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Old 12-26-2008, 09:35 PM   #1
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How to use pectin?

Hi there - occasionally I like to make strange variations of cranberry sauce. Occasionally they'll end up really thin. I then know of two options:

  • Deal with it being too runny
  • Heat it for a while till enough moisture evaporates

Could I add pectin instead as a third option? I've tried this but it never seemed to do any good - but I had no idea how much to add. I tried 1 t for 3 C of ingredients - and that didn't seem to do anything. Perhaps does pectin only thicken ingredients once they are cool? Or something else?

Thanks!

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Old 12-26-2008, 10:14 PM   #2
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If you like to experiment, you will never have much success using regular pectin unless you learn and truly understand the relationship of pectin, sugar and acid since it involves "chemistry" and knowing when that gel state has been reached.

But since it doesn't seem like you are trying to go that route, I would suggest you quit using regular pectin and get "Pomona Pectin" that does not require sugar and uses Calcium for the chemical reaction. The nice thing about it is that it is very forgiving and therefore used by most commercial companies who don't want to do thousands of jars of jam and end up with syrup.

You are still going to have to follow instructions to some degree -- recipes and such are contained in their box -- but you may end up with some successes.

http://www.pomonapectin.com
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Old 12-26-2008, 10:21 PM   #3
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Quote:
Originally Posted by mcnerd View Post
If you like to experiment, you will never have much success using regular pectin unless you learn and truly understand the relationship of pectin, sugar and acid since it involves "chemistry" and knowing when that gel state has been reached.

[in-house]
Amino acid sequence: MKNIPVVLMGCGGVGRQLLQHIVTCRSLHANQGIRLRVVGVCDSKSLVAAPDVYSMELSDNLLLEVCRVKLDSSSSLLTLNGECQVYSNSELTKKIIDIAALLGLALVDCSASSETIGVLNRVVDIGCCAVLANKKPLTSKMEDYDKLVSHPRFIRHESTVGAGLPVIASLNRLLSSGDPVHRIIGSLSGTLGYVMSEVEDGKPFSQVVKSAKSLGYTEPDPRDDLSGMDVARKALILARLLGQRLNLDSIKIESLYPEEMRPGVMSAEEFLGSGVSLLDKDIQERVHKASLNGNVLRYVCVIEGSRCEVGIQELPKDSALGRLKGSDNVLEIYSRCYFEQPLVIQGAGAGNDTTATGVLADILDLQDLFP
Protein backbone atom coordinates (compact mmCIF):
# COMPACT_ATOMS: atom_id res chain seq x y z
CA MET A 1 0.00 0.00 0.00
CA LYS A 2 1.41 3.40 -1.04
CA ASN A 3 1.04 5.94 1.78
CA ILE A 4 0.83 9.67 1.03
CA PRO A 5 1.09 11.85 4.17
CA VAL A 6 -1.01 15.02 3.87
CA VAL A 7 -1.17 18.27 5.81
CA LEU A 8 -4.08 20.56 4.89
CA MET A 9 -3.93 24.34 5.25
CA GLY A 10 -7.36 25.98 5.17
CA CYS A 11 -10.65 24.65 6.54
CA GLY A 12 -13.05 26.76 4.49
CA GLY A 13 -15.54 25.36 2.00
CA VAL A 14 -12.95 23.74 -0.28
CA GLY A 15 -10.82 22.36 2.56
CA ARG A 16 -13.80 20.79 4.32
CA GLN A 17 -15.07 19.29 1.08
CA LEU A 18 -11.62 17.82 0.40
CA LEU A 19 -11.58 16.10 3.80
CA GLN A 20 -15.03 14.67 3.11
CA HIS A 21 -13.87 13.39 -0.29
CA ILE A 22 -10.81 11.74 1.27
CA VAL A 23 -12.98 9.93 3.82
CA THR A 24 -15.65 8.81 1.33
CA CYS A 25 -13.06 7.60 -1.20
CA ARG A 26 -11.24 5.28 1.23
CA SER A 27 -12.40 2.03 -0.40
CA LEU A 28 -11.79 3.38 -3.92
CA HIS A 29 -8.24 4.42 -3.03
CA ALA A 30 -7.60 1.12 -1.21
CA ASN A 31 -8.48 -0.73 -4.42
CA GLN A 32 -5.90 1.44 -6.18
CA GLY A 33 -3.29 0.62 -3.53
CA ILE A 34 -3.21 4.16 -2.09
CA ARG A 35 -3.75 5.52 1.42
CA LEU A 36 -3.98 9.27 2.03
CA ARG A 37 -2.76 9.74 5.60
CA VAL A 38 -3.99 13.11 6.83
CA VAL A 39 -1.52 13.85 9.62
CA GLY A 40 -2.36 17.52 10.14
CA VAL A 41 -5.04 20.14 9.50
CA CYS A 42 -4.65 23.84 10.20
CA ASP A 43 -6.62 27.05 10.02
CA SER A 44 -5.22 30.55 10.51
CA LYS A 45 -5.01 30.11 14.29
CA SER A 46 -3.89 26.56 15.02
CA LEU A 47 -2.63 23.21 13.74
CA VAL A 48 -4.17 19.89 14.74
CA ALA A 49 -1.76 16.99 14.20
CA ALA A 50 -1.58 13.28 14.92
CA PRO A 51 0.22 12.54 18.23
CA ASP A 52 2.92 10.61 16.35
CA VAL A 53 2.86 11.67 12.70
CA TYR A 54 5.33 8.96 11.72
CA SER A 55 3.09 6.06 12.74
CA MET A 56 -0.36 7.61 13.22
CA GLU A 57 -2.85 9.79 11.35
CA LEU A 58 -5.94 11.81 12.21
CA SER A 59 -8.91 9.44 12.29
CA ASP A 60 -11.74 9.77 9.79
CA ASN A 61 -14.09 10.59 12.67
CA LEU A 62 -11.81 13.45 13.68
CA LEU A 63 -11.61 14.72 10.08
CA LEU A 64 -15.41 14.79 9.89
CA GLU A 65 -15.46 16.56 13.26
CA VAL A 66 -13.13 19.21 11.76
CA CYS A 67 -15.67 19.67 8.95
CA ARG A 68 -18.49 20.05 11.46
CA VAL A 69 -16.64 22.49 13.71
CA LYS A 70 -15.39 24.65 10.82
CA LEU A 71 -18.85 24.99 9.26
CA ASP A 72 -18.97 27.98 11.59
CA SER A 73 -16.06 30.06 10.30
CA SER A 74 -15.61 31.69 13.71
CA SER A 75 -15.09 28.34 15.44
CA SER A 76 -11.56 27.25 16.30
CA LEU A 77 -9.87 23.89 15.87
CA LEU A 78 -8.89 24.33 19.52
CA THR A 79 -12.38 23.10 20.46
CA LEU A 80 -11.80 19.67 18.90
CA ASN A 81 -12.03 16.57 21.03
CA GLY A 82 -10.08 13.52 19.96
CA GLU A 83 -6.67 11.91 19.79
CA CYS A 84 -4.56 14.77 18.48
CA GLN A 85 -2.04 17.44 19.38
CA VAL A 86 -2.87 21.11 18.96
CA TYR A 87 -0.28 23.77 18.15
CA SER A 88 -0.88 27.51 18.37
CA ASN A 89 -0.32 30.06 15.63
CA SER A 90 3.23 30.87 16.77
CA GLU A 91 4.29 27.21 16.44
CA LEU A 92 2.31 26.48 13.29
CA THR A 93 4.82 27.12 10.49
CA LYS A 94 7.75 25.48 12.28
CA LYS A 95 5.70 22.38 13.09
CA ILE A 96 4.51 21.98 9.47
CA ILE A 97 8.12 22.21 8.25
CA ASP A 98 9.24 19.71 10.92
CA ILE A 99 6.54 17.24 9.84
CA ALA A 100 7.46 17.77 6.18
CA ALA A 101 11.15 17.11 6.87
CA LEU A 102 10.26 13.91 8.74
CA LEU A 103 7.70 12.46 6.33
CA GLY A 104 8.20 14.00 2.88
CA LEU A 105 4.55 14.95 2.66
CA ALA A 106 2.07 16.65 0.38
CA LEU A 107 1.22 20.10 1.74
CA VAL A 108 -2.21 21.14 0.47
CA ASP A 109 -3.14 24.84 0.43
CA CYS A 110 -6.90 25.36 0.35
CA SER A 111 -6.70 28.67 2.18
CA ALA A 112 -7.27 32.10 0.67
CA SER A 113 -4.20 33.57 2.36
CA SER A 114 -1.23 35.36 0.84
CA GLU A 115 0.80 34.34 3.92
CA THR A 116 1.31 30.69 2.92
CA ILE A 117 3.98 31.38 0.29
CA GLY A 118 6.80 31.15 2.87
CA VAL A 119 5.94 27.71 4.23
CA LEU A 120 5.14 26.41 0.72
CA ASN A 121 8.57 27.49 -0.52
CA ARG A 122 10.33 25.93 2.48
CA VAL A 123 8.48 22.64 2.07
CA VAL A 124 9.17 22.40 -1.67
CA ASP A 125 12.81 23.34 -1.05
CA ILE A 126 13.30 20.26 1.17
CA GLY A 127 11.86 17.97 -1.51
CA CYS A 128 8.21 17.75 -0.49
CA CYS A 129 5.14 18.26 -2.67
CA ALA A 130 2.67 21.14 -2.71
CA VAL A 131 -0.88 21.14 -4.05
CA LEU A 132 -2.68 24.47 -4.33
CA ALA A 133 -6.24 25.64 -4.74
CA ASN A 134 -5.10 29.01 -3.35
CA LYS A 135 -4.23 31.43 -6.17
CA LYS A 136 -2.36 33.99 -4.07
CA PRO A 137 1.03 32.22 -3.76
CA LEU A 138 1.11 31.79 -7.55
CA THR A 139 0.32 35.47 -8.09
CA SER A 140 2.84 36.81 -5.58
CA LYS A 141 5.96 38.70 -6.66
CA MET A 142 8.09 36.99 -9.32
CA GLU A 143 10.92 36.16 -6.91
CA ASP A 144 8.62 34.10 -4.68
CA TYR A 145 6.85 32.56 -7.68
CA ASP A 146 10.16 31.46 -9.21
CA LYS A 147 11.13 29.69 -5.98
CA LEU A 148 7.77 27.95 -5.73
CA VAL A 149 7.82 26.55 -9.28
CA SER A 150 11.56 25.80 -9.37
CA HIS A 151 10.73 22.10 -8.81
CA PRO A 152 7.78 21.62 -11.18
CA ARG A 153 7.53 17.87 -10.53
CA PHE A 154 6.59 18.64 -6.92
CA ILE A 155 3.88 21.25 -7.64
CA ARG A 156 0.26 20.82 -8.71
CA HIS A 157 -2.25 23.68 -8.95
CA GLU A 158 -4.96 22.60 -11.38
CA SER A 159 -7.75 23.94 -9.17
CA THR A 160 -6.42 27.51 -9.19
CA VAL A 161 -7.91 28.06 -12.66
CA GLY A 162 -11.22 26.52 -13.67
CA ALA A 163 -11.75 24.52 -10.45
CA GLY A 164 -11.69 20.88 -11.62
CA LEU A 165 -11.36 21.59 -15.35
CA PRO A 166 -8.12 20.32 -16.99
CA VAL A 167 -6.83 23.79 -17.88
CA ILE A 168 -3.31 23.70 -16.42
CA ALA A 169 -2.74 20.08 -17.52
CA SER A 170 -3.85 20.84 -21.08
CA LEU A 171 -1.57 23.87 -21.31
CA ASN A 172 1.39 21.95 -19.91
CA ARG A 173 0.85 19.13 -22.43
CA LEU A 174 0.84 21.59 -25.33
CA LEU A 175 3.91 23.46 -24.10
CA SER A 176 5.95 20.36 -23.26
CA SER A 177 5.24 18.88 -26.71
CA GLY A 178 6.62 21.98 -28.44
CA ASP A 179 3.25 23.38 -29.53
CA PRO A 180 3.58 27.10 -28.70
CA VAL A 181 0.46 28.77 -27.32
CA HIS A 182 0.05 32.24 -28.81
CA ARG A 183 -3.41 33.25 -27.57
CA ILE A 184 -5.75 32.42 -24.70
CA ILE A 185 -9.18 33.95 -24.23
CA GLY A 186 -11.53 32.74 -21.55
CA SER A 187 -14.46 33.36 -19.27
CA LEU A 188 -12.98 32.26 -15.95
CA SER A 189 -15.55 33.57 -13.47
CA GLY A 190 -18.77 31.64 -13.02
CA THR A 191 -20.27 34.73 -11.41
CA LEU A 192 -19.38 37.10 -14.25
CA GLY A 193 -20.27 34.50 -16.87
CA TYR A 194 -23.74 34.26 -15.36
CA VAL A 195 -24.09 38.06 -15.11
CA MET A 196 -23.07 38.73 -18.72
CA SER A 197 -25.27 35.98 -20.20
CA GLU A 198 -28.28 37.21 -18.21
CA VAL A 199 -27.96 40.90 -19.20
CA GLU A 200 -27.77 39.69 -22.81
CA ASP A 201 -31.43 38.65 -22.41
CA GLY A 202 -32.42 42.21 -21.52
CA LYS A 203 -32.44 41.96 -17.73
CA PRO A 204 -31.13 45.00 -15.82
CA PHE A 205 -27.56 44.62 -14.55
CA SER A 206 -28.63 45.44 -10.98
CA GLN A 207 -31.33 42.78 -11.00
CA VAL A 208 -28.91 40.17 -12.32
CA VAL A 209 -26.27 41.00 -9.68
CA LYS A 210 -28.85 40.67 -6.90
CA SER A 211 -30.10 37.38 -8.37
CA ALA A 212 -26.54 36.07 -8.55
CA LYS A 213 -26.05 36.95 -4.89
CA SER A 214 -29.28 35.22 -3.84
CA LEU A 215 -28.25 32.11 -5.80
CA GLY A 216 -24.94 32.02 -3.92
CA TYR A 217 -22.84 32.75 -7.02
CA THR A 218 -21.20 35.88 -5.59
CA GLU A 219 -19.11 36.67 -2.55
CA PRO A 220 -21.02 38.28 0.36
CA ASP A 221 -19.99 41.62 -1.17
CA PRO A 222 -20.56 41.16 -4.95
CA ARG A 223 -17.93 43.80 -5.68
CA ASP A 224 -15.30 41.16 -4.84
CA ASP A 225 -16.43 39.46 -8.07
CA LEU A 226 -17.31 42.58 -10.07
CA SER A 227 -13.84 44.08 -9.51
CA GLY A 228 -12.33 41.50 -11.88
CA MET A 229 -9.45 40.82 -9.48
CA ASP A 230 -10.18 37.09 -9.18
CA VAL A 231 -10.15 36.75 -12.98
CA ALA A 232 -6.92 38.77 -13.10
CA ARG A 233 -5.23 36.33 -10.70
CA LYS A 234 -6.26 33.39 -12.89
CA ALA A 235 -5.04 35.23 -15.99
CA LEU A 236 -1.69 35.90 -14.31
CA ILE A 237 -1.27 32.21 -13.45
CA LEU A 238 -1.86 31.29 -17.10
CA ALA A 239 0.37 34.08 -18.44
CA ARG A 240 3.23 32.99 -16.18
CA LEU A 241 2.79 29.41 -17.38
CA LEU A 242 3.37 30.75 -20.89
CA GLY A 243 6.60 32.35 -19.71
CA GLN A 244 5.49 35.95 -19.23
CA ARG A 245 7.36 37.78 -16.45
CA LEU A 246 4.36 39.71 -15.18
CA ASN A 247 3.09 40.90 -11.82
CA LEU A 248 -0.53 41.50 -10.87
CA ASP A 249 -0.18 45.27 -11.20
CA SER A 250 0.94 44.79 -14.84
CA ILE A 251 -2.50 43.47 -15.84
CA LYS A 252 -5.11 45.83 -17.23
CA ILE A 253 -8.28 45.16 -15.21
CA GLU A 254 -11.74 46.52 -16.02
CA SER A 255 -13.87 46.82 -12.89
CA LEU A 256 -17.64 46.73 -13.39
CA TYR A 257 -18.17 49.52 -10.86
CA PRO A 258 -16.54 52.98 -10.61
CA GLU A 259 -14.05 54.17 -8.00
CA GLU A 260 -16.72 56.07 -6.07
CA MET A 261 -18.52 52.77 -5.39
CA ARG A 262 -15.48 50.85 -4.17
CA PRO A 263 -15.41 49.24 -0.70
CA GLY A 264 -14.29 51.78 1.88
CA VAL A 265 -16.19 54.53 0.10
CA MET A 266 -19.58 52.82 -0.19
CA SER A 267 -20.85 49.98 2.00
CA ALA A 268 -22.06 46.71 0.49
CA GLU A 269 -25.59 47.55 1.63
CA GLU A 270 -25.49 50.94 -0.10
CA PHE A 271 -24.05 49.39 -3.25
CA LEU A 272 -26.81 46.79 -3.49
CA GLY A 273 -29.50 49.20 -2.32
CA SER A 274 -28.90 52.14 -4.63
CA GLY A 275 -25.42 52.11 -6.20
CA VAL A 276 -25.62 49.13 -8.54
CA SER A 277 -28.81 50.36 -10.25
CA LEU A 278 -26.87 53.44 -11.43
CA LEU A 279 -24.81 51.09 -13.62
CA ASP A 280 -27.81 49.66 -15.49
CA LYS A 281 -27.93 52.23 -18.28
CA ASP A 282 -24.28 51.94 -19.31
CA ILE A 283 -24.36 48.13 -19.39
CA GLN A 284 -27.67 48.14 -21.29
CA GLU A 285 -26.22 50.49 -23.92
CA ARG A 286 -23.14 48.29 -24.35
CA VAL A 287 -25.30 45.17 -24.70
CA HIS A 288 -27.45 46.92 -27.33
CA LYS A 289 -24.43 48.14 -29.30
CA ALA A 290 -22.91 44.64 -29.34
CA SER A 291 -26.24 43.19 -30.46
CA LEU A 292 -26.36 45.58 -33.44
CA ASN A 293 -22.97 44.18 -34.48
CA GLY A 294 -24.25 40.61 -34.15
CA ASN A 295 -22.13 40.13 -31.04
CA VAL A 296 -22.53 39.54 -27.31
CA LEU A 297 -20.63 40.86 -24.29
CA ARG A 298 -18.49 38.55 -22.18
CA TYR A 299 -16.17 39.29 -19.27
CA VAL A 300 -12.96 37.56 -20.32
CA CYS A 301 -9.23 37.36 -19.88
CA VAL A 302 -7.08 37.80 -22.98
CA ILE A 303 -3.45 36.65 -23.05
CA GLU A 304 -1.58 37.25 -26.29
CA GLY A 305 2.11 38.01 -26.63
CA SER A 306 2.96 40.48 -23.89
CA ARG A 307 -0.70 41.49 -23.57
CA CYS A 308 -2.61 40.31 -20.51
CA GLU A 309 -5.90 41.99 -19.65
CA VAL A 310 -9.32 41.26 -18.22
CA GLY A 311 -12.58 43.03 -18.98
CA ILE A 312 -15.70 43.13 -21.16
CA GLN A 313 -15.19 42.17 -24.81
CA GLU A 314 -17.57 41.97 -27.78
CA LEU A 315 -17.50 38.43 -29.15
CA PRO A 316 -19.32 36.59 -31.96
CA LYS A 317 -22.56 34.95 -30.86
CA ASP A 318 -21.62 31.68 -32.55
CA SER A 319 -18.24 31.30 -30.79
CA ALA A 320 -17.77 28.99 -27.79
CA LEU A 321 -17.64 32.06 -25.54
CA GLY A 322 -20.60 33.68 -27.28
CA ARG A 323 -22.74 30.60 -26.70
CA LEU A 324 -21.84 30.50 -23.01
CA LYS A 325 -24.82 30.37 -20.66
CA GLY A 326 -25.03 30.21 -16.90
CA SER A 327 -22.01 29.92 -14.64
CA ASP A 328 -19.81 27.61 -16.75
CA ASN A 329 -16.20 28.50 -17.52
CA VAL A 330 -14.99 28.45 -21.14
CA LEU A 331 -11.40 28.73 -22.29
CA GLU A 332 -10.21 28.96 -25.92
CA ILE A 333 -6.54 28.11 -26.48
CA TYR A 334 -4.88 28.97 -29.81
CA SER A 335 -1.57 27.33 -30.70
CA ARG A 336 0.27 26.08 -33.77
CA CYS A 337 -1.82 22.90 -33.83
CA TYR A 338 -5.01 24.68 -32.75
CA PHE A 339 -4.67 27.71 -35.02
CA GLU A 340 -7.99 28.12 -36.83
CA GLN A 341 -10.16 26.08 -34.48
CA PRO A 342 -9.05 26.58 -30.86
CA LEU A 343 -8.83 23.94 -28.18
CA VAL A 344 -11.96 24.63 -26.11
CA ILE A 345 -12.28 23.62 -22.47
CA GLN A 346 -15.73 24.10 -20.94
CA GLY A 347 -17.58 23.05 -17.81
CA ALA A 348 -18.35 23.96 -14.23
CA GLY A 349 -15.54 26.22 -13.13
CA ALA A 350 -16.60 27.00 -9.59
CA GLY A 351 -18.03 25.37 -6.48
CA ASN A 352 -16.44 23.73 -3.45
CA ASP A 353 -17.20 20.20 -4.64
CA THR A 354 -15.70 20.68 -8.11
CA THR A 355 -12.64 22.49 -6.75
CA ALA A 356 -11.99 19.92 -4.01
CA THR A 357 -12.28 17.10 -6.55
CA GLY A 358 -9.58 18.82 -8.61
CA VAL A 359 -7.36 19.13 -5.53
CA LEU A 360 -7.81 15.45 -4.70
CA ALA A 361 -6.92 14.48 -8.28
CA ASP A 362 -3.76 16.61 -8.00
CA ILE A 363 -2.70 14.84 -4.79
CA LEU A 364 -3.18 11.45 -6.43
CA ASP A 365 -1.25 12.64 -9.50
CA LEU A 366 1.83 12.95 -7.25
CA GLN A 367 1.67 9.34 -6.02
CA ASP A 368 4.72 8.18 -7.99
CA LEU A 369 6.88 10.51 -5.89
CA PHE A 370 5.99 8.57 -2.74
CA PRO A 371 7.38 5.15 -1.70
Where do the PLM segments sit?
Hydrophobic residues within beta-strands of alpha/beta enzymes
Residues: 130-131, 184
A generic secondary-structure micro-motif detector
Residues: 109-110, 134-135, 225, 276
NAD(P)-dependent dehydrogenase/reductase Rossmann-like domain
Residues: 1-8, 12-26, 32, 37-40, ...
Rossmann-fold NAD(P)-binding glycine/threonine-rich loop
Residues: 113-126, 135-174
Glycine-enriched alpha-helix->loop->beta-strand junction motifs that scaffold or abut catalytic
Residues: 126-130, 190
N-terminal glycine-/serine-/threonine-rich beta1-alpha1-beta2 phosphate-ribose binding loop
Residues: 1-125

But since it doesn't seem like you are trying to go that route, I would suggest you quit using regular pectin and get "Pomona Pectin" that does not require sugar and uses Calcium for the chemical reaction. The nice thing about it is that it is very forgiving and therefore used by most commercial companies who don't want to do thousands of jars of jam and end up with syrup.

You are still going to have to follow instructions to some degree -- recipes and such are contained in their box -- but you may end up with some successes.

http://www.pomonapectin.com
Actually I would much prefer to understand the science behind this stuff instead of finding a work around. Is there a resource you could suggest (book/website/etc.) that'd cover this? Chemistry was not a strong point in college - but I did take a good number of chem classes so I'm not entirely hopeless!
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Old 12-26-2008, 11:20 PM   #4
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Pomona Pectin is not a "work around" but is the choice used by professionals and is more expensive, but the benefits outweigh the expense. Your low/no sugar pectins actually are quite similar since they too use a calcium for the chemical process instead of sugar.

You can research Pectin by doing searches on the Internet, but you might get more direct benefit by getting the Ball Blue Book of Preserving (less than $5 + s/h from the Ball canning website) available in most stores selling canning supplies. It is the canner's bible and has a lot of information about making jams and achieving the gel stage.

If you live near a university, check to see if it has a Food Preservation Extension and you might be able to get some more personal assistance. You can also go to the National Center for Home Food Preservation (National Center for Home Food Preservation) and use their search function to find answers to almost anything.

Making jams and jellies is still an "art" in my book and I truly pat the back of those mothers and grandmothers that can do it on a regular basis. With practice you get a feel for it. Me? I still make great syrups on occasion.
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Old 12-27-2008, 06:48 AM   #5
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I agree with Mcnerd. I switched to Pomona pectin this past year making my jams and jellies... it is a far superior product and allows you to use less sugar. I put up much less than I have in the past, but feel that I canned a better product because of the Pomona. I hope you find the answers to your science questions. I'm no help there.
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